“It Takes a While”
First, let's address the question of how to express distance. There is a great verb — distar — which means to be a distance [from] and is followed by the preposition de:
¿Cuánto dista tu casa de la playa? (How far is your house from the beach?)
The answer to this question can be expressed in terms of either time or space:
Dista quince minutos (It's fifteen minutes away).
Dista un kilómetro (It's one kilometer away).
The only problem with the verb distar is that it doesn't seem to be used much, even if it will be understood readily. The preference for most speakers you are likely to run into is:
¿Qué tan lejos/cerca está…? (How far/near is…?)
The answer to this question is usually only a phrase, not a complete sentence (in common speech):
Unos quince minutos (About fifteen minutes).
Un kilómetro (One kilometer).
It is also important to deal with travel time — after all, that is what most people are concerned about when planning a trip, after safety concerns. In order to ask How long does it take to go from … to….?, you can use the verbs tomar, tardarse or durar say any one of the following (note that the word tiempo is understood after the interrogative word cuánto which means how much [time]):
¿Cuánto se toma en ir a tu casa desde la escuela? (How long does it take to go to your house from school?)
¿Cuánto se tarda en llegar a Dallas desde Amarillo? (How long does it take to get to Dallas from Amarillo?)
¿Cuánto dura el viaje de Los Angeles a San Francisco? (How long does a trip from Los Angeles to San Francisco last?)
Note that it is important to be able to manage the prepositions that mark point of departure and destination (de, desde — from and a, hasta — to).
Finally, note that in the first two examples above, the se construction (impersonal) was used. In the third, the subject was viaje. The first two questions could have been made personal by asking ¿Cuánto tardas…? and ¿Cuánto tomas…? However, durar means to last, so unless you're talking about physical endurance, something other that the speaker or the person being asked will be the grammatical subject.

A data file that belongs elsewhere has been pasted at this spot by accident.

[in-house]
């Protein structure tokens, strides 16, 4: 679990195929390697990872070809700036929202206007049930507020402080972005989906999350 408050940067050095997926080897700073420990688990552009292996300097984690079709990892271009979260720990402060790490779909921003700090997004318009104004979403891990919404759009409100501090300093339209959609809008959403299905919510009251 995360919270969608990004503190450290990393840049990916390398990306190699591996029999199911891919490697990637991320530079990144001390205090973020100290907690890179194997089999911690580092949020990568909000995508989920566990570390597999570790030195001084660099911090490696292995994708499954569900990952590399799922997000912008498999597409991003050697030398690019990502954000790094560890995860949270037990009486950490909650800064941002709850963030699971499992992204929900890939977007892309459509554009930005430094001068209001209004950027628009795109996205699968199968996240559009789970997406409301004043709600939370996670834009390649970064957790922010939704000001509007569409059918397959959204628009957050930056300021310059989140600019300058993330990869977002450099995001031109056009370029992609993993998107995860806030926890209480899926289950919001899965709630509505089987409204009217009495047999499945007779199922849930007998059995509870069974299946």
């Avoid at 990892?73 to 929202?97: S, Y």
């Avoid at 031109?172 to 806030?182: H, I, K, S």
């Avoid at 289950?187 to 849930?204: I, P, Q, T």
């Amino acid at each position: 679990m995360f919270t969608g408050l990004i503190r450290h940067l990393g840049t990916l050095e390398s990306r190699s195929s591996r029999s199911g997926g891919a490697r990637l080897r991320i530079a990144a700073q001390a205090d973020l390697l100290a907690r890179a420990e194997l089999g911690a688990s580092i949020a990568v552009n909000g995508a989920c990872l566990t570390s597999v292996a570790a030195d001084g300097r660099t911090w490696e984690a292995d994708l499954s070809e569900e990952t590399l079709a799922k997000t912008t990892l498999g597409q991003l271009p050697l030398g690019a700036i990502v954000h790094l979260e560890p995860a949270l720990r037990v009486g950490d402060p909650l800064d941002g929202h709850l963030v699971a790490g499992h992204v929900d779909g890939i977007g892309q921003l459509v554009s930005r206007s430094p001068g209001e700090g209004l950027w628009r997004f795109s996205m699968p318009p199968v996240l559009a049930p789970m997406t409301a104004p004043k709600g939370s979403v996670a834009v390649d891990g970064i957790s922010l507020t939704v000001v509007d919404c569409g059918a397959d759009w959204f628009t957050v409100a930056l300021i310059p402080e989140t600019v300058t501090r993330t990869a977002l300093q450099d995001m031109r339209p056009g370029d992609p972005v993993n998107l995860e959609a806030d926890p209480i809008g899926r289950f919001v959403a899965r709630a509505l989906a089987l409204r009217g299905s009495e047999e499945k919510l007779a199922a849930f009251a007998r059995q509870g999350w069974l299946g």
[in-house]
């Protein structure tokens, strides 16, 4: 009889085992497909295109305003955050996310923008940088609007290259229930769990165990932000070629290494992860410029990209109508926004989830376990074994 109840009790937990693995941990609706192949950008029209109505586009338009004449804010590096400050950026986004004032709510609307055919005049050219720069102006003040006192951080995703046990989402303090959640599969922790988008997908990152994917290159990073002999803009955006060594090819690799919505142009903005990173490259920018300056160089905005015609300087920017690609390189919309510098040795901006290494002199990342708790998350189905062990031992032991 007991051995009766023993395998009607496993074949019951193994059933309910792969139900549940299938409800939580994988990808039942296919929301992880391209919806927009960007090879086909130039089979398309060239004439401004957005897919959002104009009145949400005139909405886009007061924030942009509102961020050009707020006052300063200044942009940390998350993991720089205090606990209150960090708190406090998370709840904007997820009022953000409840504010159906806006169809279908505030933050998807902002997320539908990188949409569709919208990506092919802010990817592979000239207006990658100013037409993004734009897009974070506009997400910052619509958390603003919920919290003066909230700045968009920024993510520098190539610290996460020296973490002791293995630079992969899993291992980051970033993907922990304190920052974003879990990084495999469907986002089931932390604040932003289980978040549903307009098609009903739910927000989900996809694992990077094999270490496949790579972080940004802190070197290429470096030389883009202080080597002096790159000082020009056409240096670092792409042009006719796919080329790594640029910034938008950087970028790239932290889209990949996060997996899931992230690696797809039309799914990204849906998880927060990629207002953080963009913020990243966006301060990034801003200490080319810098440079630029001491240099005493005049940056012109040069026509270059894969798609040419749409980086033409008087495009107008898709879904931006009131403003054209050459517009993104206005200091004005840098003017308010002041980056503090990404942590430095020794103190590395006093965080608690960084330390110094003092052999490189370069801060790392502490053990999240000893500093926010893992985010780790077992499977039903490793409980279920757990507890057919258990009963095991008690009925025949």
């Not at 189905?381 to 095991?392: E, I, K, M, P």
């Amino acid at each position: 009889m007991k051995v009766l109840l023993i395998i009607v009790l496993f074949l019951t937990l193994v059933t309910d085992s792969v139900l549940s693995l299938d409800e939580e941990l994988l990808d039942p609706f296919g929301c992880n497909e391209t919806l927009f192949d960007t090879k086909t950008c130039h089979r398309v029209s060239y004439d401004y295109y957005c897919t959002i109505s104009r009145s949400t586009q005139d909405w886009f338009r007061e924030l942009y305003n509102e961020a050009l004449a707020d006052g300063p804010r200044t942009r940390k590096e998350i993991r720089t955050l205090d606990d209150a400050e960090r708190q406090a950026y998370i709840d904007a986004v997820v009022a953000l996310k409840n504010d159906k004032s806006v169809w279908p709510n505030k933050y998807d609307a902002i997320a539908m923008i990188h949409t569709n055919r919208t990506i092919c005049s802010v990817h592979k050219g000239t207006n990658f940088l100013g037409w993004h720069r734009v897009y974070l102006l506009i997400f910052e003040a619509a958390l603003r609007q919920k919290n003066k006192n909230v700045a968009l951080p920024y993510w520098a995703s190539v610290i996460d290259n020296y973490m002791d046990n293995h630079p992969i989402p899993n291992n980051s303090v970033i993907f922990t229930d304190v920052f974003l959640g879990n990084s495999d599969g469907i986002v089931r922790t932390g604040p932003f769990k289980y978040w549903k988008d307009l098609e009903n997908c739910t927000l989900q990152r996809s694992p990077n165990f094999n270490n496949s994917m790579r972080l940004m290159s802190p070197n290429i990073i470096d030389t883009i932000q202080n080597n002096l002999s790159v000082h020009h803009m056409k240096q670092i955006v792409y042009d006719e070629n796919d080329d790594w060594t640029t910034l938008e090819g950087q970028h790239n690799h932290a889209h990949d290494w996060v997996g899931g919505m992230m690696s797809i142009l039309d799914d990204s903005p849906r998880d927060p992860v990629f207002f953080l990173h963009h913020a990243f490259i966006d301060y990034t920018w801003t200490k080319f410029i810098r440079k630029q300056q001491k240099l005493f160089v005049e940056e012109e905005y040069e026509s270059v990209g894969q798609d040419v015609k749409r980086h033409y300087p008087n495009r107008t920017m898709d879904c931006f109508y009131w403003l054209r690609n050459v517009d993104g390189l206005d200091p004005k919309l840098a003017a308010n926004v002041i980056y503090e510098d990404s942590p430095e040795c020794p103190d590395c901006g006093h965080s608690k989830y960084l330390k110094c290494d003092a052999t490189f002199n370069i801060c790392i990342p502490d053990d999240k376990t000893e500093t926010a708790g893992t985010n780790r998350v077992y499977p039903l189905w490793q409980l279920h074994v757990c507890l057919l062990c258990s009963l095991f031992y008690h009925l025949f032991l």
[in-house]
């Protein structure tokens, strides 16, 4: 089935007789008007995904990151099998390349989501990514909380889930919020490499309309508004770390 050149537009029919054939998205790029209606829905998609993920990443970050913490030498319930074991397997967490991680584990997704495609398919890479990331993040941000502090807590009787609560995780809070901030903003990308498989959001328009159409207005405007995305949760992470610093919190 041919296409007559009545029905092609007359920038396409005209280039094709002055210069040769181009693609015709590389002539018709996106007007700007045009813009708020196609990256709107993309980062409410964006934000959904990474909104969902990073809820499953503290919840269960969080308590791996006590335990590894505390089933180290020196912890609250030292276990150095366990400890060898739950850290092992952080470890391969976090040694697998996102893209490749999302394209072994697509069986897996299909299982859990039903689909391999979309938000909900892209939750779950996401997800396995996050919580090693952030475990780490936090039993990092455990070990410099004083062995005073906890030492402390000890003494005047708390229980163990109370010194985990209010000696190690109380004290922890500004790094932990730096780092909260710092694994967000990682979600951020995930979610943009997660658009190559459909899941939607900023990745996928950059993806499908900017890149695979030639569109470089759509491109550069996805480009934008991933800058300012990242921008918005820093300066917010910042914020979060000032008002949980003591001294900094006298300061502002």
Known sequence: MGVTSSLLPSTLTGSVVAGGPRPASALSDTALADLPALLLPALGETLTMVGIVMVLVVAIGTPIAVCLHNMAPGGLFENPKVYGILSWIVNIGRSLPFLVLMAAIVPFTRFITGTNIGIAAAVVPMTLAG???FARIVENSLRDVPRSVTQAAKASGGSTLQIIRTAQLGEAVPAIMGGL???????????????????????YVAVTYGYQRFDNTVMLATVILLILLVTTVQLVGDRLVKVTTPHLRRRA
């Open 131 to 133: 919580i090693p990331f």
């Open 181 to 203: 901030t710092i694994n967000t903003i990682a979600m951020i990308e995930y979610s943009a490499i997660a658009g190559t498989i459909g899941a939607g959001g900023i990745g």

This post is part of the series: Spanish Usage
- Spanish Usage Questions: "Above"
- Using "Actual" and "Actually" in Spanish
- A Problem Preposition: The Ways "About" is Expressed in Spanish
- The Many Spanish Faces of the English Verb "to Agree"
- Spanish Usage Questions: Ways to say "Again"
- Expressing the Many Meanings of After
- Spanish Usage Questions: How to Say "Ahead"
- Spanish Usage Questions: "Anyone" and "Anybody"
- Using "Anyway…" in Spanish
- Let's Learn About How to Talk About Appointments & Dating
- What Do You Use for "Around" in Spanish
- The Spanish Verbs Meaning "to Ask" are Many!
- Beware of False Cognates! How to Express "Attend," "Assist," and "Help"
- Are You "Cool" or "Cold"? Explore the Nuances in Spanish
- The Difference Between "Why" and "Because" in Spanish
- The Temporal and Spacial Meanings of "Before": How to Get it Right in Spanish
- Don't Be Left in the Dust! Learn to Express the Meanings of "Behind" in Spanish
- Get the Low Down on the Preposition "Below" and Say it Right in Spanish!
- Understand Saying "Help" in Spanish
- Translating "Beside" & "Besides" into Spanish: Interesting Solutions!
- Not all Meanings of "But" Are Equal!
- Expressing the Various Meanings of the Preposition "By" in Spanish
- What Can the English Word "Can" Mean and How to Get it Right in Spanish
- Spanish Usage Questions: "Corner"
- The Word "Country" in Spanish
- The Various Meanings of "Outweigh" in English and How to Express Them in Spanish
- Expressing the Idea of "Ownership" in Spanish
- How to Express "Time & Distance" in Spanish
- Treat, Try, Attempt, Deal with… In Spanish, You Probably Need "Tratar"
- Spanish Usage Questions: "Having Fun"
- Even a Word Like "Even" Has Many Counterparts in Spanish
- Don't Go Wrong When You Look for Ways to Express "to fail"
- Do You Mean "Fair" Weather, a "Fair" Game or a "Fair" Complexion? Learn How to Say Them in Spanish!
- Love, Desire and Wanting — Spanish Style!
- Discover the Right Spanish Verbs for Taking, Holding, Grabbing… and More
- You Have Nothing to Fear Except Not Knowing How to Say "Fear" in Spanish!
- Spanish Equivalents of the Common English Word "Find"
- Discover the Various Meanings of "Middle" and How to Say Them in Spanish
- Not All Spanish Words Meaning "Worker" Are Created Equal